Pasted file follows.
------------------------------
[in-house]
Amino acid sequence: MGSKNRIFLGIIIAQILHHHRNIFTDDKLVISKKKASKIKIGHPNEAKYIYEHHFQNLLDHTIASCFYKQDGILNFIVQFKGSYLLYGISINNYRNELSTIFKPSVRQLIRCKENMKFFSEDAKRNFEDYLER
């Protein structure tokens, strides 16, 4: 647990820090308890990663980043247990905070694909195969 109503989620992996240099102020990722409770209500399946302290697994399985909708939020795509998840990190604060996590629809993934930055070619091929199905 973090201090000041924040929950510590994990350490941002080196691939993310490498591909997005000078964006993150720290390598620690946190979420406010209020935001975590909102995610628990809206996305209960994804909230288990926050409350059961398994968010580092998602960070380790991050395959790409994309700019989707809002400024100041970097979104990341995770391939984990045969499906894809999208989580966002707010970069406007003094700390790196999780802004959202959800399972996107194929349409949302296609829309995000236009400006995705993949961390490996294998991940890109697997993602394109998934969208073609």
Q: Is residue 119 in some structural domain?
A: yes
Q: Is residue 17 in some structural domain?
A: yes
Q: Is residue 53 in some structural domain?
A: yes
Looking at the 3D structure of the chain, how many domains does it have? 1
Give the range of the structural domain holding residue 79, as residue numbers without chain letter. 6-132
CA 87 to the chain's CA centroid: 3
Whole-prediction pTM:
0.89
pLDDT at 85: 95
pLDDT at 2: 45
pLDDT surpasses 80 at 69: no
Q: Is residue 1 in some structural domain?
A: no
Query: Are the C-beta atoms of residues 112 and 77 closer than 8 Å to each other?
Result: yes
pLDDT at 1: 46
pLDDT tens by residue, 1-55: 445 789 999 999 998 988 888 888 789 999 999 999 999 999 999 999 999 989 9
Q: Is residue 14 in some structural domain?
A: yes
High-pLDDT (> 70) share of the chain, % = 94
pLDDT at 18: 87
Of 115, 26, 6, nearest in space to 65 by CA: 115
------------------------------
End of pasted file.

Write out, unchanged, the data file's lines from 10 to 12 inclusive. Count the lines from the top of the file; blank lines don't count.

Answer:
Looking at the 3D structure of the chain, how many domains does it have? 1
Give the range of the structural domain holding residue 79, as residue numbers without chain letter. 6-132
CA 87 to the chain's CA centroid: 3